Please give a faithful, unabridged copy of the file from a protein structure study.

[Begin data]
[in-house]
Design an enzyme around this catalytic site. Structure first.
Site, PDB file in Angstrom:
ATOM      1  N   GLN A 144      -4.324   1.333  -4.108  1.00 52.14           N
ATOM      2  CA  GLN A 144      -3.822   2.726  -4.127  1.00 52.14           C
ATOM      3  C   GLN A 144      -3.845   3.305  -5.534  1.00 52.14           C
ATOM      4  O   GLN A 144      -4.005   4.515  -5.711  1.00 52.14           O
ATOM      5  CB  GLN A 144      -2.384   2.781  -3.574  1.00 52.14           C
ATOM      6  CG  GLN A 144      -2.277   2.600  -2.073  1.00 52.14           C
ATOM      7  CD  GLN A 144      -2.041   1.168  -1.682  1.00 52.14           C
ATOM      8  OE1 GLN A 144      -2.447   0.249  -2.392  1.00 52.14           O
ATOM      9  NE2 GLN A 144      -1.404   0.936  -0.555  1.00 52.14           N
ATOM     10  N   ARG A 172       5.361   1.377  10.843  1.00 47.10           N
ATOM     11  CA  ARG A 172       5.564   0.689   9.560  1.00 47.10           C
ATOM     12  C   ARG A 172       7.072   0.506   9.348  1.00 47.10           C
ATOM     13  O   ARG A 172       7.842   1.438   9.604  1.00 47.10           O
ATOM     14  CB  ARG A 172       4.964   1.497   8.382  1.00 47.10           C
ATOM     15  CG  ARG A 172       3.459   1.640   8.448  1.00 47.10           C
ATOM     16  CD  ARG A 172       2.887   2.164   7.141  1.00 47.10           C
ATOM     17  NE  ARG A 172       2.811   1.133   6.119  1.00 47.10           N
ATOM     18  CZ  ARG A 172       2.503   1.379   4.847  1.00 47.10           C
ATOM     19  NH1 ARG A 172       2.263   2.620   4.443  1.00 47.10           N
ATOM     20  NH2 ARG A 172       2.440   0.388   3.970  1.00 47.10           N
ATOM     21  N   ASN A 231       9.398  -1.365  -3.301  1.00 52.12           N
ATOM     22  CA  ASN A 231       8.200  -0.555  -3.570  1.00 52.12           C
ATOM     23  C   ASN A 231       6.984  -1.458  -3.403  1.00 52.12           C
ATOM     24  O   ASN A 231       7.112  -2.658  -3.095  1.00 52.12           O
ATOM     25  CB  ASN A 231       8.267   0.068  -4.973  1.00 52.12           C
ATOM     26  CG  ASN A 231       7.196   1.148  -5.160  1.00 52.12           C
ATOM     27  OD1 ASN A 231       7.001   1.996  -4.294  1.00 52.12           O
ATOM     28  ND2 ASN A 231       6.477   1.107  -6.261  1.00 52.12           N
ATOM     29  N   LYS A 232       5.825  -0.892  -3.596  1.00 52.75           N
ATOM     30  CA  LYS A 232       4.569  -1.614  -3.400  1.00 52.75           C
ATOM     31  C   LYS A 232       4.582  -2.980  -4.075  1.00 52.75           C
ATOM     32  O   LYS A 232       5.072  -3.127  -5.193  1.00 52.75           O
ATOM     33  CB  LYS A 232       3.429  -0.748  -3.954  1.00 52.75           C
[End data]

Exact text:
[in-house]
Design an enzyme around this catalytic site. Structure first.
Site, PDB file in Angstrom:
ATOM      1  N   GLN A 144      -4.324   1.333  -4.108  1.00 52.14           N
ATOM      2  CA  GLN A 144      -3.822   2.726  -4.127  1.00 52.14           C
ATOM      3  C   GLN A 144      -3.845   3.305  -5.534  1.00 52.14           C
ATOM      4  O   GLN A 144      -4.005   4.515  -5.711  1.00 52.14           O
ATOM      5  CB  GLN A 144      -2.384   2.781  -3.574  1.00 52.14           C
ATOM      6  CG  GLN A 144      -2.277   2.600  -2.073  1.00 52.14           C
ATOM      7  CD  GLN A 144      -2.041   1.168  -1.682  1.00 52.14           C
ATOM      8  OE1 GLN A 144      -2.447   0.249  -2.392  1.00 52.14           O
ATOM      9  NE2 GLN A 144      -1.404   0.936  -0.555  1.00 52.14           N
ATOM     10  N   ARG A 172       5.361   1.377  10.843  1.00 47.10           N
ATOM     11  CA  ARG A 172       5.564   0.689   9.560  1.00 47.10           C
ATOM     12  C   ARG A 172       7.072   0.506   9.348  1.00 47.10           C
ATOM     13  O   ARG A 172       7.842   1.438   9.604  1.00 47.10           O
ATOM     14  CB  ARG A 172       4.964   1.497   8.382  1.00 47.10           C
ATOM     15  CG  ARG A 172       3.459   1.640   8.448  1.00 47.10           C
ATOM     16  CD  ARG A 172       2.887   2.164   7.141  1.00 47.10           C
ATOM     17  NE  ARG A 172       2.811   1.133   6.119  1.00 47.10           N
ATOM     18  CZ  ARG A 172       2.503   1.379   4.847  1.00 47.10           C
ATOM     19  NH1 ARG A 172       2.263   2.620   4.443  1.00 47.10           N
ATOM     20  NH2 ARG A 172       2.440   0.388   3.970  1.00 47.10           N
ATOM     21  N   ASN A 231       9.398  -1.365  -3.301  1.00 52.12           N
ATOM     22  CA  ASN A 231       8.200  -0.555  -3.570  1.00 52.12           C
ATOM     23  C   ASN A 231       6.984  -1.458  -3.403  1.00 52.12           C
ATOM     24  O   ASN A 231       7.112  -2.658  -3.095  1.00 52.12           O
ATOM     25  CB  ASN A 231       8.267   0.068  -4.973  1.00 52.12           C
ATOM     26  CG  ASN A 231       7.196   1.148  -5.160  1.00 52.12           C
ATOM     27  OD1 ASN A 231       7.001   1.996  -4.294  1.00 52.12           O
ATOM     28  ND2 ASN A 231       6.477   1.107  -6.261  1.00 52.12           N
ATOM     29  N   LYS A 232       5.825  -0.892  -3.596  1.00 52.75           N
ATOM     30  CA  LYS A 232       4.569  -1.614  -3.400  1.00 52.75           C
ATOM     31  C   LYS A 232       4.582  -2.980  -4.075  1.00 52.75           C
ATOM     32  O   LYS A 232       5.072  -3.127  -5.193  1.00 52.75           O
ATOM     33  CB  LYS A 232       3.429  -0.748  -3.954  1.00 52.75           C